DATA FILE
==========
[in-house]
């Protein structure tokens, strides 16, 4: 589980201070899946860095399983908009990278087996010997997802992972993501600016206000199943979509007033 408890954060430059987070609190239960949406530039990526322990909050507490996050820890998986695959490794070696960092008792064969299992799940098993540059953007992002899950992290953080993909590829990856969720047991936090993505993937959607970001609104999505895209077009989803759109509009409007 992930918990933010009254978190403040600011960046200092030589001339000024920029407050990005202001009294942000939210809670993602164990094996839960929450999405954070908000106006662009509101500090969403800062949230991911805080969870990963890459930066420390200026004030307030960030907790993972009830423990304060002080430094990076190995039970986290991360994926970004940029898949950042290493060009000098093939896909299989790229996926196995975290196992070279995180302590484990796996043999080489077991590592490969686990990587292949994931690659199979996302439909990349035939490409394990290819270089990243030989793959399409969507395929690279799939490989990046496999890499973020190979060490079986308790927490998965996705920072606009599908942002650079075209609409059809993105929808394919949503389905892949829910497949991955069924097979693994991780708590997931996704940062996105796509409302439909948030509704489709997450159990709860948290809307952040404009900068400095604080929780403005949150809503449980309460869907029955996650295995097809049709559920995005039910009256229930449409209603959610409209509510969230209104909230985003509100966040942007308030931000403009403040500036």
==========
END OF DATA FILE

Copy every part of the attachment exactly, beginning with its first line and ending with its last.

[in-house]
């Protein structure tokens, strides 16, 4: 589980201070899946860095399983908009990278087996010997997802992972993501600016206000199943979509007033 408890954060430059987070609190239960949406530039990526322990909050507490996050820890998986695959490794070696960092008792064969299992799940098993540059953007992002899950992290953080993909590829990856969720047991936090993505993937959607970001609104999505895209077009989803759109509009409007 992930918990933010009254978190403040600011960046200092030589001339000024920029407050990005202001009294942000939210809670993602164990094996839960929450999405954070908000106006662009509101500090969403800062949230991911805080969870990963890459930066420390200026004030307030960030907790993972009830423990304060002080430094990076190995039970986290991360994926970004940029898949950042290493060009000098093939896909299989790229996926196995975290196992070279995180302590484990796996043999080489077991590592490969686990990587292949994931690659199979996302439909990349035939490409394990290819270089990243030989793959399409969507395929690279799939490989990046496999890499973020190979060490079986308790927490998965996705920072606009599908942002650079075209609409059809993105929808394919949503389905892949829910497949991955069924097979693994991780708590997931996704940062996105796509409302439909948030509704489709997450159990709860948290809307952040404009900068400095604080929780403005949150809503449980309460869907029955996650295995097809049709559920995005039910009256229930449409209603959610409209509510969230209104909230985003509100966040942007308030931000403009403040500036």